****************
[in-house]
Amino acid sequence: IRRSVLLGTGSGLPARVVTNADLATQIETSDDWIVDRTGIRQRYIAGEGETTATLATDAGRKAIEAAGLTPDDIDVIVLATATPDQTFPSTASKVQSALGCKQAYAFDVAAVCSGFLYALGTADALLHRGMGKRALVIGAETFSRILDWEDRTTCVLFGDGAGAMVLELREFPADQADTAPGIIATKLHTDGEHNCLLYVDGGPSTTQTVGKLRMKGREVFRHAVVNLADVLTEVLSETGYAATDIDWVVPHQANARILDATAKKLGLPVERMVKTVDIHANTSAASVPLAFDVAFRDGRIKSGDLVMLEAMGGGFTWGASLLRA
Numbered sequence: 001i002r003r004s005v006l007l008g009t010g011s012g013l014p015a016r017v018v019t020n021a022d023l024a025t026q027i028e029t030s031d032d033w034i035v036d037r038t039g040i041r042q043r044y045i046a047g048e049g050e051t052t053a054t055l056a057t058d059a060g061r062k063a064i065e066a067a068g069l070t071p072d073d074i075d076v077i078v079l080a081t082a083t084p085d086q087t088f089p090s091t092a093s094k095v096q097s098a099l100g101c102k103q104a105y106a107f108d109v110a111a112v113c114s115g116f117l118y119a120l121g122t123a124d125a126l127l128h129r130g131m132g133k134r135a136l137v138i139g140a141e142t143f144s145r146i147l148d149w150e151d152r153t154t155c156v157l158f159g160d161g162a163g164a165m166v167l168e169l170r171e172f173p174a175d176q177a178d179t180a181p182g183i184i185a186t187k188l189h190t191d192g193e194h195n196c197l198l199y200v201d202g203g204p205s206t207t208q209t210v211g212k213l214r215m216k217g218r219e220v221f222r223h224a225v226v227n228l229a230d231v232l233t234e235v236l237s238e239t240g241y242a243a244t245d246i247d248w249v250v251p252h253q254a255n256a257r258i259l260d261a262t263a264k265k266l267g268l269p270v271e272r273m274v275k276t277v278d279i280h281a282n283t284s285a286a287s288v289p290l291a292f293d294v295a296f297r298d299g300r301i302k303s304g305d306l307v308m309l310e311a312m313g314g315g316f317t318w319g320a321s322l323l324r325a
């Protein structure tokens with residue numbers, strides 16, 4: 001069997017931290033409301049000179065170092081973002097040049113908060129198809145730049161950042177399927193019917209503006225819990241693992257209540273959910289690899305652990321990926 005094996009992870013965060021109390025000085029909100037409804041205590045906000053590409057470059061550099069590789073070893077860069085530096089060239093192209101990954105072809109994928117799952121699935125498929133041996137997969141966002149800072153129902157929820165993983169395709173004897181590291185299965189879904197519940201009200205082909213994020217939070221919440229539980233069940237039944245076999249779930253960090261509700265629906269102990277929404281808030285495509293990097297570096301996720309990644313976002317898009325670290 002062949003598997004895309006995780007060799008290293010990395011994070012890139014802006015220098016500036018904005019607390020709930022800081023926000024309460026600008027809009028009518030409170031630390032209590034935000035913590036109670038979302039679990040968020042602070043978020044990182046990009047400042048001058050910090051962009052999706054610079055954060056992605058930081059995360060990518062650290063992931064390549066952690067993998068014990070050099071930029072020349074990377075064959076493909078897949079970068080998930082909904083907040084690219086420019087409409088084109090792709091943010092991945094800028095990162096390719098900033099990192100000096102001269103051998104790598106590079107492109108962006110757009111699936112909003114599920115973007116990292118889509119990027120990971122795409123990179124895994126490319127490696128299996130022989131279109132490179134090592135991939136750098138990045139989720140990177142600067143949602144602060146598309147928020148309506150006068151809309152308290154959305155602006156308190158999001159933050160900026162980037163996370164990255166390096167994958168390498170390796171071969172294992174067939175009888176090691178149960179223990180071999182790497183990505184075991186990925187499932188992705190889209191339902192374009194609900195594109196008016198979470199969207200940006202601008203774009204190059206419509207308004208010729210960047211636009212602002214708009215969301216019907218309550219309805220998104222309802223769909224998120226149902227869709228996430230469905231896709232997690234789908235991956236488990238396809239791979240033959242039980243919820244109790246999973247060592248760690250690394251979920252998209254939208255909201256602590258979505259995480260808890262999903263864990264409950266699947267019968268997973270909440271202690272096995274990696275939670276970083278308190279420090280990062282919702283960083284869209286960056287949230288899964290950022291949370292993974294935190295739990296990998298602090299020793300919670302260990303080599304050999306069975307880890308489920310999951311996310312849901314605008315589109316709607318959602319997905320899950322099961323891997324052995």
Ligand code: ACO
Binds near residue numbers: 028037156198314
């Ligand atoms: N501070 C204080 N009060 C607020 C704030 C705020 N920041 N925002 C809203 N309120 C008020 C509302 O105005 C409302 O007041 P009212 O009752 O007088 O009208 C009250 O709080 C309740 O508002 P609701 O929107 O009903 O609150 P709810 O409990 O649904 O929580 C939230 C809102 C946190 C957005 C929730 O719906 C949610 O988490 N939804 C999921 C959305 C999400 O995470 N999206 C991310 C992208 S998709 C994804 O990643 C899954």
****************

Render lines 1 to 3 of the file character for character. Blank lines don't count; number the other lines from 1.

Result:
[in-house]
Amino acid sequence: IRRSVLLGTGSGLPARVVTNADLATQIETSDDWIVDRTGIRQRYIAGEGETTATLATDAGRKAIEAAGLTPDDIDVIVLATATPDQTFPSTASKVQSALGCKQAYAFDVAAVCSGFLYALGTADALLHRGMGKRALVIGAETFSRILDWEDRTTCVLFGDGAGAMVLELREFPADQADTAPGIIATKLHTDGEHNCLLYVDGGPSTTQTVGKLRMKGREVFRHAVVNLADVLTEVLSETGYAATDIDWVVPHQANARILDATAKKLGLPVERMVKTVDIHANTSAASVPLAFDVAFRDGRIKSGDLVMLEAMGGGFTWGASLLRA
Numbered sequence: 001i002r003r004s005v006l007l008g009t010g011s012g013l014p015a016r017v018v019t020n021a022d023l024a025t026q027i028e029t030s031d032d033w034i035v036d037r038t039g040i041r042q043r044y045i046a047g048e049g050e051t052t053a054t055l056a057t058d059a060g061r062k063a064i065e066a067a068g069l070t071p072d073d074i075d076v077i078v079l080a081t082a083t084p085d086q087t088f089p090s091t092a093s094k095v096q097s098a099l100g101c102k103q104a105y106a107f108d109v110a111a112v113c114s115g116f117l118y119a120l121g122t123a124d125a126l127l128h129r130g131m132g133k134r135a136l137v138i139g140a141e142t143f144s145r146i147l148d149w150e151d152r153t154t155c156v157l158f159g160d161g162a163g164a165m166v167l168e169l170r171e172f173p174a175d176q177a178d179t180a181p182g183i184i185a186t187k188l189h190t191d192g193e194h195n196c197l198l199y200v201d202g203g204p205s206t207t208q209t210v211g212k213l214r215m216k217g218r219e220v221f222r223h224a225v226v227n228l229a230d231v232l233t234e235v236l237s238e239t240g241y242a243a244t245d246i247d248w249v250v251p252h253q254a255n256a257r258i259l260d261a262t263a264k265k266l267g268l269p270v271e272r273m274v275k276t277v278d279i280h281a282n283t284s285a286a287s288v289p290l291a292f293d294v295a296f297r298d299g300r301i302k303s304g305d306l307v308m309l310e311a312m313g314g315g316f317t318w319g320a321s322l323l324r325a